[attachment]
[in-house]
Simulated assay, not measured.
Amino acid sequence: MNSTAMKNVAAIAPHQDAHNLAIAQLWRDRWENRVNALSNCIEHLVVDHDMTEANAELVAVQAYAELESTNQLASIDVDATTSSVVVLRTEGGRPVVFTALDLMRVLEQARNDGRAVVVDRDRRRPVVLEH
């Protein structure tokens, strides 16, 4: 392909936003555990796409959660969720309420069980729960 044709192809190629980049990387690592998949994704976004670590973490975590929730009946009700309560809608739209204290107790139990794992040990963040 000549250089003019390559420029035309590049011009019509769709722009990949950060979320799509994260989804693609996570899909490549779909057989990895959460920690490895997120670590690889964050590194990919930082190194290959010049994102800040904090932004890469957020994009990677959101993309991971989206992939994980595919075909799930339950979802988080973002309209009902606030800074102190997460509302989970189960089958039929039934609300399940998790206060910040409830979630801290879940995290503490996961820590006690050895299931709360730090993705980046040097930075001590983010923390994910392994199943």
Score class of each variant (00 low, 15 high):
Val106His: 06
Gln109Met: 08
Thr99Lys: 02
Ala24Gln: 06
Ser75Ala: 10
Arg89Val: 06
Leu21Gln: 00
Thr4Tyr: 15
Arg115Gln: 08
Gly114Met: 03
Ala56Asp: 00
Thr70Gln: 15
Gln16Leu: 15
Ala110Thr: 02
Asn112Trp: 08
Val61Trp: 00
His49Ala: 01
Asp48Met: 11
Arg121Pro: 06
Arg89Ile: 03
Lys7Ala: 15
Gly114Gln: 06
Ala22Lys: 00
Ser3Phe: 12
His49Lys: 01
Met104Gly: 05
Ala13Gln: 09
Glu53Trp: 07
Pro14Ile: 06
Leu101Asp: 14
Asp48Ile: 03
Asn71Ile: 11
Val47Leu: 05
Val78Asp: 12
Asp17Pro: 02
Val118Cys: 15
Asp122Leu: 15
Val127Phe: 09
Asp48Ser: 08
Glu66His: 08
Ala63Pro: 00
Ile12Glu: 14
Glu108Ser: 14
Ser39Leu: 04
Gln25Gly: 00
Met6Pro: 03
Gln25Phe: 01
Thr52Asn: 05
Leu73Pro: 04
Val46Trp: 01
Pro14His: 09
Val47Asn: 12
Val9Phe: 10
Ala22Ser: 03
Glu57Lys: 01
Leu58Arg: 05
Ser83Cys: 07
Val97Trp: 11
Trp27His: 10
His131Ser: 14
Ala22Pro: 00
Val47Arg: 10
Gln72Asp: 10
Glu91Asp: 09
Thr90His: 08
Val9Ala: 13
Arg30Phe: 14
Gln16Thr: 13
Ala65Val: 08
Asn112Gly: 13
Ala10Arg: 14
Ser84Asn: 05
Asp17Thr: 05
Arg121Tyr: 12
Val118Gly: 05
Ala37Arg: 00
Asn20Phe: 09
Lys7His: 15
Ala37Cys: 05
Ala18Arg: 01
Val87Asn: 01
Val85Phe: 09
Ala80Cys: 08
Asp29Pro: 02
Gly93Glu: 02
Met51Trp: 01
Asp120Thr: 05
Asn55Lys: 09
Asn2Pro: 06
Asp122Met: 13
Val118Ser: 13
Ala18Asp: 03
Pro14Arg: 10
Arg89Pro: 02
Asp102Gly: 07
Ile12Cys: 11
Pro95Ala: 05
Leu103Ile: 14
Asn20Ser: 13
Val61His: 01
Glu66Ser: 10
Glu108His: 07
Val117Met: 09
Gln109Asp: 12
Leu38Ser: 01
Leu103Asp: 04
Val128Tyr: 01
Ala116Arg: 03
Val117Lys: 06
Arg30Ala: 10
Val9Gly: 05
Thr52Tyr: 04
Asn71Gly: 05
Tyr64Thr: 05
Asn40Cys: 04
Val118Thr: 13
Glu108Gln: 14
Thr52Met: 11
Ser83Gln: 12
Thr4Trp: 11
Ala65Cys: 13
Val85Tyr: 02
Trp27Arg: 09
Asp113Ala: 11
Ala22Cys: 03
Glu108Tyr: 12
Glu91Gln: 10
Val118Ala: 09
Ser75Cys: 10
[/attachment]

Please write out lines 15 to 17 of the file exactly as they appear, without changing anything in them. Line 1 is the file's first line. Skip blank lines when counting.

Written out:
Gly114Met: 03
Ala56Asp: 00
Thr70Gln: 15